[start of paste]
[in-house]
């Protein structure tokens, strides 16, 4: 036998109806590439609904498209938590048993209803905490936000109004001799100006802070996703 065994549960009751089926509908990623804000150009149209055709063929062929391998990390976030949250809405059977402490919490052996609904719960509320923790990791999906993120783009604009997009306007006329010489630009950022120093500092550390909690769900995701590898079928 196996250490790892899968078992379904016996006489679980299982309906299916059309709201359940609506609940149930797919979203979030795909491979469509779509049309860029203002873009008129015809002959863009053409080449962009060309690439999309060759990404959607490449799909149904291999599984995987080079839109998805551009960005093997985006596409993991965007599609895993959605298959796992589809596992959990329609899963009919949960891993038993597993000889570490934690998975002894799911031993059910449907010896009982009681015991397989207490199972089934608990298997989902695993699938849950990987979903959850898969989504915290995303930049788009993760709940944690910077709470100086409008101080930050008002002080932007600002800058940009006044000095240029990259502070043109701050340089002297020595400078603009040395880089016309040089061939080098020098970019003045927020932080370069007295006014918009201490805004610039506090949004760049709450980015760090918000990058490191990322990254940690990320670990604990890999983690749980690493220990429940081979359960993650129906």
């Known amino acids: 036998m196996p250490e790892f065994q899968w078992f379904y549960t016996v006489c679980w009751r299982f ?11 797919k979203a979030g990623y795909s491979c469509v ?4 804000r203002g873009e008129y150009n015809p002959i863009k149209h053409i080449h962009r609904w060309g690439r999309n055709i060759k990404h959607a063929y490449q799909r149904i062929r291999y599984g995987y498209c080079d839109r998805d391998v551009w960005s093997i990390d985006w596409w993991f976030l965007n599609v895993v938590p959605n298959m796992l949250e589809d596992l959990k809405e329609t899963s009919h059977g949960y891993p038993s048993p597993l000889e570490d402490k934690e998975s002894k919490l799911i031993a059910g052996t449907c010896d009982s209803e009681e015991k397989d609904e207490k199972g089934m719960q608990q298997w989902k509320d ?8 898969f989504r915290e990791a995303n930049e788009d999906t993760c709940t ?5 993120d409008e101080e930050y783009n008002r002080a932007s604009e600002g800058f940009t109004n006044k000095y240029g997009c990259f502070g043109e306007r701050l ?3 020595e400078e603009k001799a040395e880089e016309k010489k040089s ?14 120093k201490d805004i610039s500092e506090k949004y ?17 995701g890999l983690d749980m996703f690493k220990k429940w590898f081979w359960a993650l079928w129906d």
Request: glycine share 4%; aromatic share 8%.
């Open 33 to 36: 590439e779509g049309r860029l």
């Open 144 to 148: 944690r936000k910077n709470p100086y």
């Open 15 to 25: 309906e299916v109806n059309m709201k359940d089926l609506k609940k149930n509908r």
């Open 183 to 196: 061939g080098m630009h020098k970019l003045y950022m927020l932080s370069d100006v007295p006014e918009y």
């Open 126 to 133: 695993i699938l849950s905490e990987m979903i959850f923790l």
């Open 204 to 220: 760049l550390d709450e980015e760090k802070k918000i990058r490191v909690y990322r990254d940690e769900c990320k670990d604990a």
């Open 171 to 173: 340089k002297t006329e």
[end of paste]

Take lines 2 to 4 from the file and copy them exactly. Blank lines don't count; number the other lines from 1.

């Protein structure tokens, strides 16, 4: 036998109806590439609904498209938590048993209803905490936000109004001799100006802070996703 065994549960009751089926509908990623804000150009149209055709063929062929391998990390976030949250809405059977402490919490052996609904719960509320923790990791999906993120783009604009997009306007006329010489630009950022120093500092550390909690769900995701590898079928 196996250490790892899968078992379904016996006489679980299982309906299916059309709201359940609506609940149930797919979203979030795909491979469509779509049309860029203002873009008129015809002959863009053409080449962009060309690439999309060759990404959607490449799909149904291999599984995987080079839109998805551009960005093997985006596409993991965007599609895993959605298959796992589809596992959990329609899963009919949960891993038993597993000889570490934690998975002894799911031993059910449907010896009982009681015991397989207490199972089934608990298997989902695993699938849950990987979903959850898969989504915290995303930049788009993760709940944690910077709470100086409008101080930050008002002080932007600002800058940009006044000095240029990259502070043109701050340089002297020595400078603009040395880089016309040089061939080098020098970019003045927020932080370069007295006014918009201490805004610039506090949004760049709450980015760090918000990058490191990322990254940690990320670990604990890999983690749980690493220990429940081979359960993650129906």
């Known amino acids: 036998m196996p250490e790892f065994q899968w078992f379904y549960t016996v006489c679980w009751r299982f ?11 797919k979203a979030g990623y795909s491979c469509v ?4 804000r203002g873009e008129y150009n015809p002959i863009k149209h053409i080449h962009r609904w060309g690439r999309n055709i060759k990404h959607a063929y490449q799909r149904i062929r291999y599984g995987y498209c080079d839109r998805d391998v551009w960005s093997i990390d985006w596409w993991f976030l965007n599609v895993v938590p959605n298959m796992l949250e589809d596992l959990k809405e329609t899963s009919h059977g949960y891993p038993s048993p597993l000889e570490d402490k934690e998975s002894k919490l799911i031993a059910g052996t449907c010896d009982s209803e009681e015991k397989d609904e207490k199972g089934m719960q608990q298997w989902k509320d ?8 898969f989504r915290e990791a995303n930049e788009d999906t993760c709940t ?5 993120d409008e101080e930050y783009n008002r002080a932007s604009e600002g800058f940009t109004n006044k000095y240029g997009c990259f502070g043109e306007r701050l ?3 020595e400078e603009k001799a040395e880089e016309k010489k040089s ?14 120093k201490d805004i610039s500092e506090k949004y ?17 995701g890999l983690d749980m996703f690493k220990k429940w590898f081979w359960a993650l079928w129906d």
Request: glycine share 4%; aromatic share 8%.